The American Heritage Education Foundation also provides additional resources to further enhance their An Adventure in Liberty program on their website at . Check them out for information on how to order the CD resource, as well. Wynfield Christian Academy will definitely be adding it to their curriculum resources for American History and Civics instruction. I don’t think anyone can go wrong with trying this program for instilling a God-based and historically accurate foundation for our American Heritage into our children. Our next generation really needs this kind of background to help keep America on a straight path as a God-fearing nation.

There are two important things that I want students to learn when I teach them. First, I want them to learn to love reading and learning. Second, I want them to learn how to learn, so they will continue it for their entire lives. From those two things, everything else from the alphabet and numbers to concepts of gravity and democracy will fall into place. Curriculums should be written from that stand point. The Five in a Row curriculum series by Jane Claire Lambert does that.
Using good books to weave a plan of learning and fun is the design of the Five in a Row series. The books are carefully chosen to present, as the Lamberts explain, “close family relationships, personal triumphs, and persevering in times of trial”. Activities and discussions are laid out to present how to read and critique books which blends into learning about many subjects through the adventures of the characters.
The method is the most important factor of this curriculum. It is imperative that a parent read each book to the students each day of the week. I love this time of closeness. The students do, too. The modeling I do while reading is important for the children. They get to hear how to glean meaning from the words by the inflection in my voice and the pauses for commas and the stops for periods. They hear my enthusiasm in my voice. They feel the love for the words and the life within those words. Also, hearing the story each day and then doing activities and discussing different aspects of the story or how it relates to another subject like math or science reviews those aspects as many as four times.
The layout is simplified to allow even beginning homeschoolers the ability to succeed in the unit study format of Five in a Row. There are five main subjects used in the units to allow activities to be used in a five-day format. Teachers can choose from many different activities in each subject or even do them all and choose when during the week to do the lessons. Sample lesson plans are provided to help the teacher organize, but it isn’t necessary. Many teachers just check off in the book the activities they wish to do with their students. All of the books used in the series can be found free at the public library making this an easily affordable curriculum to use at any age level. I need braille to read to my students, but I have plenty of time to get the National Library to send me via download the braille text for each book. I often purchase the book and print the braille on overlay plastic to glue with clear glue to the page. I can read the story in braille as my students read the print and look at pictures. This keeps me actively involved with my students’ learning.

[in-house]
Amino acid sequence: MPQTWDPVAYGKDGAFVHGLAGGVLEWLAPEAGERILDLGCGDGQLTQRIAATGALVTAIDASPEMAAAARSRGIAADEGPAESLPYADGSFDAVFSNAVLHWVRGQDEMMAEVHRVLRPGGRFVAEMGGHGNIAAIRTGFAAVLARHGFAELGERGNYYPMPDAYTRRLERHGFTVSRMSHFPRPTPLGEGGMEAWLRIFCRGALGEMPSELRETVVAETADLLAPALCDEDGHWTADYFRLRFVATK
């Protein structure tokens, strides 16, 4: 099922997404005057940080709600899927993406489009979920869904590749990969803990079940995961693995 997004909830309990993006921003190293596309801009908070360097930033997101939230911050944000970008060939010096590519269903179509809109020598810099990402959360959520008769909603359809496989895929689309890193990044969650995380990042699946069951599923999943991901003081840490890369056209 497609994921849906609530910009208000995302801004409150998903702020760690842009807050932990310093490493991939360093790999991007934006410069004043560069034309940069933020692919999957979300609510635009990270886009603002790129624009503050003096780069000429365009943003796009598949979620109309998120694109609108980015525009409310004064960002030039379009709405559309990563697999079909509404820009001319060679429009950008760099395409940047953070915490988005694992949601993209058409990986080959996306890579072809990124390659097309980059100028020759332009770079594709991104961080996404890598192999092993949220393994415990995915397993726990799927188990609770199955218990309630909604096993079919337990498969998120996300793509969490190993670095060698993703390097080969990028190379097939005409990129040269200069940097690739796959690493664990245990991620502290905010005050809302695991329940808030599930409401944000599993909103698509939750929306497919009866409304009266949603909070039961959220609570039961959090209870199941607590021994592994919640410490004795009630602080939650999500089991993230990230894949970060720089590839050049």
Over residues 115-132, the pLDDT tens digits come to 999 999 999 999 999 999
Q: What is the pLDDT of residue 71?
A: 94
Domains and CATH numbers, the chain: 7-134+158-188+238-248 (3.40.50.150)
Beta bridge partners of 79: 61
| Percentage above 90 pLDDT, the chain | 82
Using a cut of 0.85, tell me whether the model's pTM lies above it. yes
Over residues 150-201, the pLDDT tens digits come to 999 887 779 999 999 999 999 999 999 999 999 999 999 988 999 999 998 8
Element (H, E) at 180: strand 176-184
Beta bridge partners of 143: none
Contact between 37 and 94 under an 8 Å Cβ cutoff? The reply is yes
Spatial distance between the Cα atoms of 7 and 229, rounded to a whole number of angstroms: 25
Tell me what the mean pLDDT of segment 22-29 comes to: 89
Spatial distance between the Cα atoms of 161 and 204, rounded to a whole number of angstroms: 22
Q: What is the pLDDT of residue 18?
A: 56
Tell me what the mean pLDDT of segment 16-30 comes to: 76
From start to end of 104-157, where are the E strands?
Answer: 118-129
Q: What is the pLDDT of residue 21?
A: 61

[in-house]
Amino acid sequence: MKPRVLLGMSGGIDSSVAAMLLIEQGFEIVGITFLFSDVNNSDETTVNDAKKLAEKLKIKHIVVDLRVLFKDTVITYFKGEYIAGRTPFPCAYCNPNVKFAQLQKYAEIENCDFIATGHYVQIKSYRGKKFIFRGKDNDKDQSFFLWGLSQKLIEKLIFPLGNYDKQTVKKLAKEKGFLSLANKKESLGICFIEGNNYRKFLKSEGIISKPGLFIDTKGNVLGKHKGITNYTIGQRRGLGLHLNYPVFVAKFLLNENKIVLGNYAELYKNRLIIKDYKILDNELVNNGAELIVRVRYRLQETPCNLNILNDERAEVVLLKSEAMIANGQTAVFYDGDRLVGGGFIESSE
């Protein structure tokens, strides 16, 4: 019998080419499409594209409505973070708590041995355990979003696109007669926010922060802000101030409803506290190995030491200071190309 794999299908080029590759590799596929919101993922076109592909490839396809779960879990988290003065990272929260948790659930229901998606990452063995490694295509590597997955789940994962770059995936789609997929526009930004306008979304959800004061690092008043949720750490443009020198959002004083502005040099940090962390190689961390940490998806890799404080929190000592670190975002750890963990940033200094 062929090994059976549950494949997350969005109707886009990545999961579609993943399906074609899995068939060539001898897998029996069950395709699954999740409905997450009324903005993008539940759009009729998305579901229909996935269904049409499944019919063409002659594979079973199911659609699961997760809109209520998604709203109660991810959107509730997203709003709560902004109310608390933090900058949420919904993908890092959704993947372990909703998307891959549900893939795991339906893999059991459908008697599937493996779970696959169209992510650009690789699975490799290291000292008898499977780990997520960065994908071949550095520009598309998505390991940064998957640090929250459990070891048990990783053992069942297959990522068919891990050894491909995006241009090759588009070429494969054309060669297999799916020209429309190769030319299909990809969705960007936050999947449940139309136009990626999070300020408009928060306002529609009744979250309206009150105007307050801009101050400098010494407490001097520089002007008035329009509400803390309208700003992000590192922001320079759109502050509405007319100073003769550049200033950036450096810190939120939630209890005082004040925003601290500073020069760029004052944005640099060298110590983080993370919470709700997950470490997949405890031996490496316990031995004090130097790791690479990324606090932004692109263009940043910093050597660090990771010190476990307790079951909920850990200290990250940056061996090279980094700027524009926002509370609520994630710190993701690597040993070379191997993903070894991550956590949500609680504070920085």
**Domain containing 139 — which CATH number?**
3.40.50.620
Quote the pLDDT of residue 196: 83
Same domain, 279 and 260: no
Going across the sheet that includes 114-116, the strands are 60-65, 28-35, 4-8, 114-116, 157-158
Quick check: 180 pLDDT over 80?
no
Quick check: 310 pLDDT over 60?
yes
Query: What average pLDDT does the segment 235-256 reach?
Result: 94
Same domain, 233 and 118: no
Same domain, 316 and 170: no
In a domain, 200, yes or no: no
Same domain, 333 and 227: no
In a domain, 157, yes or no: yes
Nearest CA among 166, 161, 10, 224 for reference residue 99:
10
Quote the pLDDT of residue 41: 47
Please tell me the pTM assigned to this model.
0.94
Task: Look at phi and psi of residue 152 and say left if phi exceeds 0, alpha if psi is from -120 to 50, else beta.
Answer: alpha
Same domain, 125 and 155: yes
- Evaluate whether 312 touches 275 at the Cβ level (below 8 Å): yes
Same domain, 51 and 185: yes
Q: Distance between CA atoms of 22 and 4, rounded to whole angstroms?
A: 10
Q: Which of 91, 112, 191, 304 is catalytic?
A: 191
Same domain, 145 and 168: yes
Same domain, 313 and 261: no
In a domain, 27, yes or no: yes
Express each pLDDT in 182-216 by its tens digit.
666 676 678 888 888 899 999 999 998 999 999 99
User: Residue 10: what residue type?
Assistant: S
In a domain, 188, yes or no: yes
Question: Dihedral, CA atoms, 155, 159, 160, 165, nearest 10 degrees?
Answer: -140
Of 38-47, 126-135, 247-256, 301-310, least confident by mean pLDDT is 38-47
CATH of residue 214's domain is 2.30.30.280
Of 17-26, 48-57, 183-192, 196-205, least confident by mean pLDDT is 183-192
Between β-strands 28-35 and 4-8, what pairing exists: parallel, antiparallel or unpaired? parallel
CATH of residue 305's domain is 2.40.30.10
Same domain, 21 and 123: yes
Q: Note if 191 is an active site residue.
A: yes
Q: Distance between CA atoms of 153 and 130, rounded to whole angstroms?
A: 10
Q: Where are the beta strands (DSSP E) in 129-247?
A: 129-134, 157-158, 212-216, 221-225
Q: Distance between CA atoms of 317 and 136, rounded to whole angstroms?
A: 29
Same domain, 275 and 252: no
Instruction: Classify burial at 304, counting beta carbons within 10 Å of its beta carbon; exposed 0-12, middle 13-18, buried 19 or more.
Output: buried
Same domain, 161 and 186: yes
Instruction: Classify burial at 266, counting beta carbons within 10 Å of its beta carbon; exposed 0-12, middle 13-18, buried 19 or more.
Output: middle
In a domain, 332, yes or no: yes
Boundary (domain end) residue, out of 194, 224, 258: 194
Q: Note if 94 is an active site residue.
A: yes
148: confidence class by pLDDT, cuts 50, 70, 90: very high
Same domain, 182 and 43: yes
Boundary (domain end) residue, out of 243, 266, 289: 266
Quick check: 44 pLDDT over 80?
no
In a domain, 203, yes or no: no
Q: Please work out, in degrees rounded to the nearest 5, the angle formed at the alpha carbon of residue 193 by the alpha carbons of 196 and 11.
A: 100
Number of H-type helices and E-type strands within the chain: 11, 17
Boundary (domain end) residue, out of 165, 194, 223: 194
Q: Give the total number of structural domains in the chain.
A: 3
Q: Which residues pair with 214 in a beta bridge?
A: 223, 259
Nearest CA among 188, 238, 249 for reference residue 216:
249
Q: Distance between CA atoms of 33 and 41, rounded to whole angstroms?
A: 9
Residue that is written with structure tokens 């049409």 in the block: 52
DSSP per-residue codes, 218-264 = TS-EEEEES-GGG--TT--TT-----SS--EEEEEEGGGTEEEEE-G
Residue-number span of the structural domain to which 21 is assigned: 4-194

There are many levels to the Five in a Row curriculum covering ages 4-8. Each level can still be used for a family of multiple students in that age level easily. The authors even suggest hints for using activities with younger and/or older children. The appendix has the copy sheets for the activities in the book as well as that sample lesson plan. Story disks which are round circles with story pictures on them which can be cut out, colored, and laminated are used in many activities such as geography where they place the story disk on areas of the map such as the water areas found around the island of Nantucket where a story you read takes place. That is a wonderful way to remember about lakes and oceans and other geographical features. You can purchase a set of these on their website if you prefer things pre-done, too.
A teacher will find the series quite complete for ages 4-5 or 6. When you feel your students are ready to introduce phonics or formal math lessons, the authors help you integrate the subjects easily into your day while still seeing the benefits of the unit study series.
The authors have other series for ages 2 thru high school. I have personally used most of them and found them to be very fulfilling and intriguing. There are also additional unit studies for all levels that can be purchased inexpensively on their web site. Check them out at Unit studies are a great way to teach a lifelong love for learning. Five in a Row and all the other age levels from this author are an easy and wonderful way to accomplish this important goal.